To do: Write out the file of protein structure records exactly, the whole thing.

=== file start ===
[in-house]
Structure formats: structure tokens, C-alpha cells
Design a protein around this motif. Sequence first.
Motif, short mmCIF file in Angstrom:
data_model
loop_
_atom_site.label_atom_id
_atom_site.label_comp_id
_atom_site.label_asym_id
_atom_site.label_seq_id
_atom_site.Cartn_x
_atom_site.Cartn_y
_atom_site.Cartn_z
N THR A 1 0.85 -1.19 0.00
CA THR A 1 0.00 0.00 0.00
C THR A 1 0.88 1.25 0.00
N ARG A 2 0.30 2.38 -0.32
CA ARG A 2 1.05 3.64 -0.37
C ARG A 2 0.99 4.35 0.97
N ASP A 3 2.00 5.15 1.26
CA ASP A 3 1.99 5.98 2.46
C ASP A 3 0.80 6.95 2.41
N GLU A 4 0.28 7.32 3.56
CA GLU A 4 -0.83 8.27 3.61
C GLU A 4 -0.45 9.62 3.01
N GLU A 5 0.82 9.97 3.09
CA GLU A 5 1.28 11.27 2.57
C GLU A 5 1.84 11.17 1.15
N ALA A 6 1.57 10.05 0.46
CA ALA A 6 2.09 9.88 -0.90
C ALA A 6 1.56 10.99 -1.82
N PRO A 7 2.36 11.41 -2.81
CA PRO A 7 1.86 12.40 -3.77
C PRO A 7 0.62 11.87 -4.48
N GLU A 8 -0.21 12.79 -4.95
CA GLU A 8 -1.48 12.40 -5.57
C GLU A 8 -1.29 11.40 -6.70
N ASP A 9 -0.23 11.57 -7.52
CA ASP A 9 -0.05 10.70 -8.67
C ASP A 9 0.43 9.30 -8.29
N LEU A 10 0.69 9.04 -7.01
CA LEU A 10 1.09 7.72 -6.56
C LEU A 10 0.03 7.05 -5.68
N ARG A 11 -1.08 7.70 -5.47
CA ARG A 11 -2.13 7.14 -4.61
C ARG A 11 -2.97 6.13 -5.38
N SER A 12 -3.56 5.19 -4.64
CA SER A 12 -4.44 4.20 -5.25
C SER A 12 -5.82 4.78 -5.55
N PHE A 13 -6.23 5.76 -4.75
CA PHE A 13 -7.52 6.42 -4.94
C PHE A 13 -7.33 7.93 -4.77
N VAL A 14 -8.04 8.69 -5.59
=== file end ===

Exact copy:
[in-house]
Structure formats: structure tokens, C-alpha cells
Design a protein around this motif. Sequence first.
Motif, short mmCIF file in Angstrom:
data_model
loop_
_atom_site.label_atom_id
_atom_site.label_comp_id
_atom_site.label_asym_id
_atom_site.label_seq_id
_atom_site.Cartn_x
_atom_site.Cartn_y
_atom_site.Cartn_z
N THR A 1 0.85 -1.19 0.00
CA THR A 1 0.00 0.00 0.00
C THR A 1 0.88 1.25 0.00
N ARG A 2 0.30 2.38 -0.32
CA ARG A 2 1.05 3.64 -0.37
C ARG A 2 0.99 4.35 0.97
N ASP A 3 2.00 5.15 1.26
CA ASP A 3 1.99 5.98 2.46
C ASP A 3 0.80 6.95 2.41
N GLU A 4 0.28 7.32 3.56
CA GLU A 4 -0.83 8.27 3.61
C GLU A 4 -0.45 9.62 3.01
N GLU A 5 0.82 9.97 3.09
CA GLU A 5 1.28 11.27 2.57
C GLU A 5 1.84 11.17 1.15
N ALA A 6 1.57 10.05 0.46
CA ALA A 6 2.09 9.88 -0.90
C ALA A 6 1.56 10.99 -1.82
N PRO A 7 2.36 11.41 -2.81
CA PRO A 7 1.86 12.40 -3.77
C PRO A 7 0.62 11.87 -4.48
N GLU A 8 -0.21 12.79 -4.95
CA GLU A 8 -1.48 12.40 -5.57
C GLU A 8 -1.29 11.40 -6.70
N ASP A 9 -0.23 11.57 -7.52
CA ASP A 9 -0.05 10.70 -8.67
C ASP A 9 0.43 9.30 -8.29
N LEU A 10 0.69 9.04 -7.01
CA LEU A 10 1.09 7.72 -6.56
C LEU A 10 0.03 7.05 -5.68
N ARG A 11 -1.08 7.70 -5.47
CA ARG A 11 -2.13 7.14 -4.61
C ARG A 11 -2.97 6.13 -5.38
N SER A 12 -3.56 5.19 -4.64
CA SER A 12 -4.44 4.20 -5.25
C SER A 12 -5.82 4.78 -5.55
N PHE A 13 -6.23 5.76 -4.75
CA PHE A 13 -7.52 6.42 -4.94
C PHE A 13 -7.33 7.93 -4.77
N VAL A 14 -8.04 8.69 -5.59